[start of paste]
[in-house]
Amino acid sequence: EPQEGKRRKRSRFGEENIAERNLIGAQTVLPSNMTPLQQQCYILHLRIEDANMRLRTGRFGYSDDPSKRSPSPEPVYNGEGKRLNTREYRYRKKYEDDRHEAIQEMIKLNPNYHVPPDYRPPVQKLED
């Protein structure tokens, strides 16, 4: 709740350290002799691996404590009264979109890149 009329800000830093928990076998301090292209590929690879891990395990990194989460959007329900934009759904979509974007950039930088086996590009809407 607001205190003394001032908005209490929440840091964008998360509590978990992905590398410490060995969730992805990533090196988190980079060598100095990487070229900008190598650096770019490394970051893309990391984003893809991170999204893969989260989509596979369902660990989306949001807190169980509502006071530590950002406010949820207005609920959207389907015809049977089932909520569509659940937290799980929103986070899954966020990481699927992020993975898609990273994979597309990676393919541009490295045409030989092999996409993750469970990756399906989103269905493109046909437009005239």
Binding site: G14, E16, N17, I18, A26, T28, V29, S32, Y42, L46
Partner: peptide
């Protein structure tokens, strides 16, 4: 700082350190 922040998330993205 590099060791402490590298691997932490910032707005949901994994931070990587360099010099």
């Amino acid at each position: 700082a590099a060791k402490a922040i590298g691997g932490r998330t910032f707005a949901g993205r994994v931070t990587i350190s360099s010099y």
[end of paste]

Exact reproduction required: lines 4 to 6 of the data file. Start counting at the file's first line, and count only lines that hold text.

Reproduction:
Binding site: G14, E16, N17, I18, A26, T28, V29, S32, Y42, L46
Partner: peptide
């Protein structure tokens, strides 16, 4: 700082350190 922040998330993205 590099060791402490590298691997932490910032707005949901994994931070990587360099010099």